See Draco the Dragon in the Night Sky This Week

The constellation Draco is particularly bright this week.
The constellation Draco is particularly bright this week. (Image credit: Starry Night software)

Draco the Dragon is well worth spotting this week, as it is particularly bright in the northern sky, winding around the Little Dipper.

The Chaldeans, Greeks and Romans all envisioned a dragon here, while Hindu mythology claims the creature is an alligator and the Persians saw a man-eating serpent.

Draco has been identified with a number of ancient Greek stories: A dragon guarded the entrance to the Hesperides, where the golden apples grew; Hercules killed it. 

Related: The Brightest Visible Planets in June's Night Sky: How to See Them (and When) 

Another tale identifies the dragon as fighting on the side of the Titans, essentially a creature of darkness and primordial chaos, and companion of the ancient and formidable gods of nature. When she was fighting the Titans, Athena, the goddess of wisdom and war, fully arrayed in armor and carrying her magic shield, threw a dragon up into the sky after it attacked her. With all her strength, she swung the beast in a wide circle and he spun around and around, his body ultimately becoming curved and twisted until he struck the very top of the sky around which the stars revolved. And there he lies to this very day.

Much of the dragon is a line of stars winding at first to the east, then back westward, snaking between the Big and Little dippers. It's not as absurdly long as Hydra, the Water Snake, but in a way, since it is up near the Pole, it wraps even farther around the sky: a third of the way around, from the Pointer Stars in the Big Dipper, as far as the stars Vega and Deneb.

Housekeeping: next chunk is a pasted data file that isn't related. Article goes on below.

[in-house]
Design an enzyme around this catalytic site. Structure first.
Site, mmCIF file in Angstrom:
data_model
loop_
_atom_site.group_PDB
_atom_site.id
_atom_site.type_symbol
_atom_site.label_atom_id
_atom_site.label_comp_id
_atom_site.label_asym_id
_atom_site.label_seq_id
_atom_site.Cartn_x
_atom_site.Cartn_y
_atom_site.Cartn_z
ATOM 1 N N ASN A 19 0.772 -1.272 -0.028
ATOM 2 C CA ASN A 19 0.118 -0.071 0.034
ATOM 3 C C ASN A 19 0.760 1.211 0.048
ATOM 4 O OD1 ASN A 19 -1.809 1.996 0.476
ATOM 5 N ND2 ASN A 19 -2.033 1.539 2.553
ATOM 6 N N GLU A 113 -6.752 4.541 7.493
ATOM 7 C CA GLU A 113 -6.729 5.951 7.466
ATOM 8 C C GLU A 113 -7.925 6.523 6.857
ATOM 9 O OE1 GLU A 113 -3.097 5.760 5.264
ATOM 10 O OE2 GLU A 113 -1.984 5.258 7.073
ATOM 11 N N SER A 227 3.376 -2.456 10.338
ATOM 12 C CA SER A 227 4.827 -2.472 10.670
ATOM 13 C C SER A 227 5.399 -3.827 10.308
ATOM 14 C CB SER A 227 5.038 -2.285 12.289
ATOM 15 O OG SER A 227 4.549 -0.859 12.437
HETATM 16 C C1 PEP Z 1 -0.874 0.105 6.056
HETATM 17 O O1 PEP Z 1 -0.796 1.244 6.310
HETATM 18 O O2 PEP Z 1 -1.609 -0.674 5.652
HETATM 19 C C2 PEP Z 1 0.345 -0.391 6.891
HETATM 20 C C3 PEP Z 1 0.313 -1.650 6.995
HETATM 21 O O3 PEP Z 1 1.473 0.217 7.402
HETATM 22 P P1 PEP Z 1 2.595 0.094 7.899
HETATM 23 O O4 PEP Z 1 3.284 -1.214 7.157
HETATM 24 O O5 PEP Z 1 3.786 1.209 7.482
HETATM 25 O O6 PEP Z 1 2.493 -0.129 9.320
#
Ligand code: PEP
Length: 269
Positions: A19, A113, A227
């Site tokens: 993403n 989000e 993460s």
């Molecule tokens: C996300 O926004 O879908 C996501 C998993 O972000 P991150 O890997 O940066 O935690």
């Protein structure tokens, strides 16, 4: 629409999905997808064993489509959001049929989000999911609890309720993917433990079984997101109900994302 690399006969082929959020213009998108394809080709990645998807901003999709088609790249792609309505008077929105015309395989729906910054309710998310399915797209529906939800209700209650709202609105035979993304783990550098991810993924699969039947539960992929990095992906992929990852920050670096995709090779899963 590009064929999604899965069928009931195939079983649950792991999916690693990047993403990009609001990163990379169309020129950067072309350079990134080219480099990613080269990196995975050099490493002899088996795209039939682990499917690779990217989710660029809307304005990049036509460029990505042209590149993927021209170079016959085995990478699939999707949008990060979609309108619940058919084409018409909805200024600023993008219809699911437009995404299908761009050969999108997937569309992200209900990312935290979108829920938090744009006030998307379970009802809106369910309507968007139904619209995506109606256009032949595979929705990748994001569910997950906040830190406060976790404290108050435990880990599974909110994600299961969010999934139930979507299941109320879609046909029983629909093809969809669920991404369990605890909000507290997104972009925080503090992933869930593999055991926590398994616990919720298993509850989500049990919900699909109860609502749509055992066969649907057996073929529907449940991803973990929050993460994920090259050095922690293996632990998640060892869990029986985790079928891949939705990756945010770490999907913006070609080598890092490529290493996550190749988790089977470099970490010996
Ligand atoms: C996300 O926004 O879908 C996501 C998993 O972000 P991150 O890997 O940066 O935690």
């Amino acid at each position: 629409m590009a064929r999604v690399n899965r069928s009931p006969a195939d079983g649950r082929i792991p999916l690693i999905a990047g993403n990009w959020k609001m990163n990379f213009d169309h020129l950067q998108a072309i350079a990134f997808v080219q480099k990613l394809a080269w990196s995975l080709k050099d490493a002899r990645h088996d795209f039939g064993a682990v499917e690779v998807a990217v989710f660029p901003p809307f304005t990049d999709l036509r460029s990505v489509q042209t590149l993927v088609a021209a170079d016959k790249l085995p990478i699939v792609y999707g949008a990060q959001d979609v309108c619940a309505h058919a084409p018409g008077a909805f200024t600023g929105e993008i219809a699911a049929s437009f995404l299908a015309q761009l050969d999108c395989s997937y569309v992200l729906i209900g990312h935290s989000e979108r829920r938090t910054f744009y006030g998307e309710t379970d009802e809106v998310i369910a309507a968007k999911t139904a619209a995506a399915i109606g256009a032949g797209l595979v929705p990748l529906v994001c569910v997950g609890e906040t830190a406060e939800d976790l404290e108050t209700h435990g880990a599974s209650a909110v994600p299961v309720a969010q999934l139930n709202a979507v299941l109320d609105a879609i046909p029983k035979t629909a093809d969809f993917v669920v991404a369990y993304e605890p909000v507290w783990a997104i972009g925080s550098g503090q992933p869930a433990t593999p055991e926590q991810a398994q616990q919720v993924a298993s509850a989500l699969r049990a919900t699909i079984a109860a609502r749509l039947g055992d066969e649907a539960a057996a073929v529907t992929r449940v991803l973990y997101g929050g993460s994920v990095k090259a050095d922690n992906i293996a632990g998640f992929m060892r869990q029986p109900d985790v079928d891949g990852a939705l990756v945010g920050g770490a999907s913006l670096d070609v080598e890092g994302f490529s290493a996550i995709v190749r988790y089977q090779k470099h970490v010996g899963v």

Dragon's head, a lozenge or camels? 

Also like Hydra, the most conspicuous part of Draco is his head. Much of the Dragon's body is hard to pick out, but his head is a distinctive, naked-eye asterism of four stars (some call it the "Lozenge"), that is interesting to examine with binoculars. Arabic nomadic tribes, however, did not see a dragon's head, but rather referred to these stars as "The Protecting Mother Camels." 

This week, you'll find these four stars high in the northern sky, almost directly overhead during the late evening hours, around 10 or 11 p.m. local daylight time.

Draco seems to be eyeing the brilliant blue-white star Vega, located about 15 degrees away. Recall that your clenched fist is equal to roughly 10 degrees when held at arm's length; Vega is placed roughly one and a half fists from Draco's head.

Draco's nose is marked by the bright second-magnitude star Eltanin, a name that may be derived from At-Tinnin, which means "the head of the great serpent" in Arabic. The 15th century Uzbek astronomer Ulugh Beg referred to it as Al Ras al Tinnin, "the head of the dragon." Interestingly, the earliest Sumerians considered these stars to represent the dragon Tiamat, yet another name from which Eltanin may have been derived.